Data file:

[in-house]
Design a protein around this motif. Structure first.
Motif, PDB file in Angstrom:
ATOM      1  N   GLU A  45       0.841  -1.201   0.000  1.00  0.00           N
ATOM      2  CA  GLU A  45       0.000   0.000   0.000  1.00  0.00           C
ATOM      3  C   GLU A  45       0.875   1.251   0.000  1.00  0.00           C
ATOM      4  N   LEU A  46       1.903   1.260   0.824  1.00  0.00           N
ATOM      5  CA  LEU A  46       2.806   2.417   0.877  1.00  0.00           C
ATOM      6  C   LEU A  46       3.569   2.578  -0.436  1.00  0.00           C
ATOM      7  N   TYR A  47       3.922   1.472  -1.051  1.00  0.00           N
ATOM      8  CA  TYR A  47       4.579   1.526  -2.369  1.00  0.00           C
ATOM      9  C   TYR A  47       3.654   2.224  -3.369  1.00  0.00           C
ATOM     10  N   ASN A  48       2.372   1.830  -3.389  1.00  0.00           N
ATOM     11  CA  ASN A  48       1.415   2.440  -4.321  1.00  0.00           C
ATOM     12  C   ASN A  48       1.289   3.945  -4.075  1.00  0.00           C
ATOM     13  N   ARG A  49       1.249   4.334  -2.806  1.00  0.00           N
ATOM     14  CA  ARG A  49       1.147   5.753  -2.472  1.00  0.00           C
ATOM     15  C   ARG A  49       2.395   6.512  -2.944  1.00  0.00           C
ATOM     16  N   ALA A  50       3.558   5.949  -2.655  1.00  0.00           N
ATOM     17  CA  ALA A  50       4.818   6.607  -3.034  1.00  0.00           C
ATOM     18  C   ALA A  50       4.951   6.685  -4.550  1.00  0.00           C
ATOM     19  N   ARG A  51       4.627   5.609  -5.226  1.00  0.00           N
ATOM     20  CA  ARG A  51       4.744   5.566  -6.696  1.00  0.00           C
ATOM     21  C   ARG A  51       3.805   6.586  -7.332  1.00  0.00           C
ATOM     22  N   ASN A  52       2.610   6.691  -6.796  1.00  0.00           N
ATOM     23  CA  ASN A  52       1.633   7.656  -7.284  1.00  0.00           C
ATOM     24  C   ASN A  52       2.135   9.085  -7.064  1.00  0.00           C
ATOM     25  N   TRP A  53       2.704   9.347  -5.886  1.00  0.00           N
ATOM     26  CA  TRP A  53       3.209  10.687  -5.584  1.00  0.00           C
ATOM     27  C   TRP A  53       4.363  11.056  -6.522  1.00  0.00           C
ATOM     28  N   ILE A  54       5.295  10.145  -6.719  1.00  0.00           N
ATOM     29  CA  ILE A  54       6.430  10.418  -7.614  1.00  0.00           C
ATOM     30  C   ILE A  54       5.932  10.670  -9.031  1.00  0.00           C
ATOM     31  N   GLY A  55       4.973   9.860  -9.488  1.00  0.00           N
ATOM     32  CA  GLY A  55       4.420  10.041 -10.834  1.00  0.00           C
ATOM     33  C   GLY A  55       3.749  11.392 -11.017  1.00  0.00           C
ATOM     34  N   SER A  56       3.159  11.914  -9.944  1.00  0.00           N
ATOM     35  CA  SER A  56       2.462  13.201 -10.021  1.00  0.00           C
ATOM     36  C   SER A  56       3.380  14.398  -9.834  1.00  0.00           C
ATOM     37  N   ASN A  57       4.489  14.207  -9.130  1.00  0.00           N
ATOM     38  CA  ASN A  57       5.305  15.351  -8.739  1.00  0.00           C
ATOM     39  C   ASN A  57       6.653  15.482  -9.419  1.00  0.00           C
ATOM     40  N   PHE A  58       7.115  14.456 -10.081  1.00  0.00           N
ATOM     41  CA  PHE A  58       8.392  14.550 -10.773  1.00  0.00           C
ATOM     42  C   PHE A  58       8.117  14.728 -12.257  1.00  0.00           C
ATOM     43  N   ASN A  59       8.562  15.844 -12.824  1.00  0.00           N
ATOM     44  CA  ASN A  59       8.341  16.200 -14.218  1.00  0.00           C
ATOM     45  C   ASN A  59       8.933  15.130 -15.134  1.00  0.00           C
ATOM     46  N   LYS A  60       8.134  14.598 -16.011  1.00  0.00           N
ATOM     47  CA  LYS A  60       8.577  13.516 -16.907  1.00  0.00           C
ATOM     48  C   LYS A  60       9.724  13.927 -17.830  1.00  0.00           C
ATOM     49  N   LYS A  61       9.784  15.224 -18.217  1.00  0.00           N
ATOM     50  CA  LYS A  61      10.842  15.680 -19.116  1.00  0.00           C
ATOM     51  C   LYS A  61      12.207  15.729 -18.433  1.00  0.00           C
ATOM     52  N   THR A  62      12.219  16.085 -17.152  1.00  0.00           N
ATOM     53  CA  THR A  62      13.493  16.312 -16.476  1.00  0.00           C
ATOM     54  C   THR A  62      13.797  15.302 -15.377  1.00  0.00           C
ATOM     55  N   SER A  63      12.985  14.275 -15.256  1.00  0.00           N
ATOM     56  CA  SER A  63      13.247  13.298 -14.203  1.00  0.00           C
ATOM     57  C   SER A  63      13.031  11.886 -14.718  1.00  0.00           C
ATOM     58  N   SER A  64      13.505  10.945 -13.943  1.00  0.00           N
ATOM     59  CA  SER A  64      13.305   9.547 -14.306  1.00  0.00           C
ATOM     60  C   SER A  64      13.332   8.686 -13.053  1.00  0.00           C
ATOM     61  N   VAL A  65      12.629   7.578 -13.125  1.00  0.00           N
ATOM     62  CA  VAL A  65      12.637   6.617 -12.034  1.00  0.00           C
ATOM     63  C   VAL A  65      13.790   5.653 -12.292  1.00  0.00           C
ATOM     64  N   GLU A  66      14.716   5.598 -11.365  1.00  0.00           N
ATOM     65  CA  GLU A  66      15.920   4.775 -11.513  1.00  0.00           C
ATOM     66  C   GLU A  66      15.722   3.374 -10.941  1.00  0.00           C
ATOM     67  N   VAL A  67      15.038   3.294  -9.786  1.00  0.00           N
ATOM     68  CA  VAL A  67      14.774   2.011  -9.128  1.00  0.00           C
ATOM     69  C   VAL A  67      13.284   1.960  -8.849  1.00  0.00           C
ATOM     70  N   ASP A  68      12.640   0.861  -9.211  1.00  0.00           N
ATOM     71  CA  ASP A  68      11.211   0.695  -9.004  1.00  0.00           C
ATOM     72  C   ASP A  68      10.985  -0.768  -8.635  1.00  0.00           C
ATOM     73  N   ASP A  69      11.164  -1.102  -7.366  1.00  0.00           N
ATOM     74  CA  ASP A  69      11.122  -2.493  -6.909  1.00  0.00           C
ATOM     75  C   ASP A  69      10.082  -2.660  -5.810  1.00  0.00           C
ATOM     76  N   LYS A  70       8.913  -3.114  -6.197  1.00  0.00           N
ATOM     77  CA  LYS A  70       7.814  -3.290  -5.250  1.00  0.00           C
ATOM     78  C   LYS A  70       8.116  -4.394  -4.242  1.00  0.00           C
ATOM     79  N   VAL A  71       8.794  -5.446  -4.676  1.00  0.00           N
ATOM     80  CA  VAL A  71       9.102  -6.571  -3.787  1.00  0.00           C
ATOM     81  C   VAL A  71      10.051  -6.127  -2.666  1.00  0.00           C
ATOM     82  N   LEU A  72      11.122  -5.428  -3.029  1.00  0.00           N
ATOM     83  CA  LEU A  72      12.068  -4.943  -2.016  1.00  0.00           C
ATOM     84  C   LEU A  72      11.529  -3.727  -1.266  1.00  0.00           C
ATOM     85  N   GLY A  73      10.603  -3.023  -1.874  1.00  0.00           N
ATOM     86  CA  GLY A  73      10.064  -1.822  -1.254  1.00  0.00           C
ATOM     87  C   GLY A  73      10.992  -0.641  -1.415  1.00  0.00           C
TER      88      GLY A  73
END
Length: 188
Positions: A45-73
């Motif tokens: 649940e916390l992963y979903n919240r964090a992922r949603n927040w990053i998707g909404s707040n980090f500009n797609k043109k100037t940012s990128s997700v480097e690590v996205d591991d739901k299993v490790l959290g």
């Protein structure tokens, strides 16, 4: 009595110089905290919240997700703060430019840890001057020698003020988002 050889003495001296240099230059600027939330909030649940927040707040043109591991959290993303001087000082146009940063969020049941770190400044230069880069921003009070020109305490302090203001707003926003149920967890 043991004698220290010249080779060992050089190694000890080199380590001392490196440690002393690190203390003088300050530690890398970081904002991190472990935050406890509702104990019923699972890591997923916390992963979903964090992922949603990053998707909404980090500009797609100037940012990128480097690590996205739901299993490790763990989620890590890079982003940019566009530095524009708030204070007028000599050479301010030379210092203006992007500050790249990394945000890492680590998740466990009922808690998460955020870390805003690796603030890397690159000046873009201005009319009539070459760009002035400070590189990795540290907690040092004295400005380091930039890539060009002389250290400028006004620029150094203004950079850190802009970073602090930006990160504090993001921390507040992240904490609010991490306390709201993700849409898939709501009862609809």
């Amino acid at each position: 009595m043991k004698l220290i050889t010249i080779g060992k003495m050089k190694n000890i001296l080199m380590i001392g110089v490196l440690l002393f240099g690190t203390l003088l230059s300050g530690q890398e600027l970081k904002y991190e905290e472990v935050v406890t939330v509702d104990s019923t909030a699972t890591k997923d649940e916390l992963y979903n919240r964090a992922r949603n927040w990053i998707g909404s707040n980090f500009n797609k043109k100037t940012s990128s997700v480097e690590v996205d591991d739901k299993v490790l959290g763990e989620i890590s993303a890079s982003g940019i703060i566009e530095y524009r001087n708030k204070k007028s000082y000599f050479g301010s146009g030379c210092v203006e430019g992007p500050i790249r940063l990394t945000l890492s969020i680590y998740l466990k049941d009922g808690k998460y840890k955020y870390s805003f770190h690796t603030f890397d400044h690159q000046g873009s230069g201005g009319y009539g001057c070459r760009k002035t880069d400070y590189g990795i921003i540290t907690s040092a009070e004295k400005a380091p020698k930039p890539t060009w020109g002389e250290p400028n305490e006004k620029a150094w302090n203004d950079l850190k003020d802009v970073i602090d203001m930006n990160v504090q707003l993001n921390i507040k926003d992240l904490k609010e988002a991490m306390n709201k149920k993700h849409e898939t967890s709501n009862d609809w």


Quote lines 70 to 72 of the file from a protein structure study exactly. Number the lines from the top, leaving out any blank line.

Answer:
ATOM     67  N   VAL A  67      15.038   3.294  -9.786  1.00  0.00           N
ATOM     68  CA  VAL A  67      14.774   2.011  -9.128  1.00  0.00           C
ATOM     69  C   VAL A  67      13.284   1.960  -8.849  1.00  0.00           C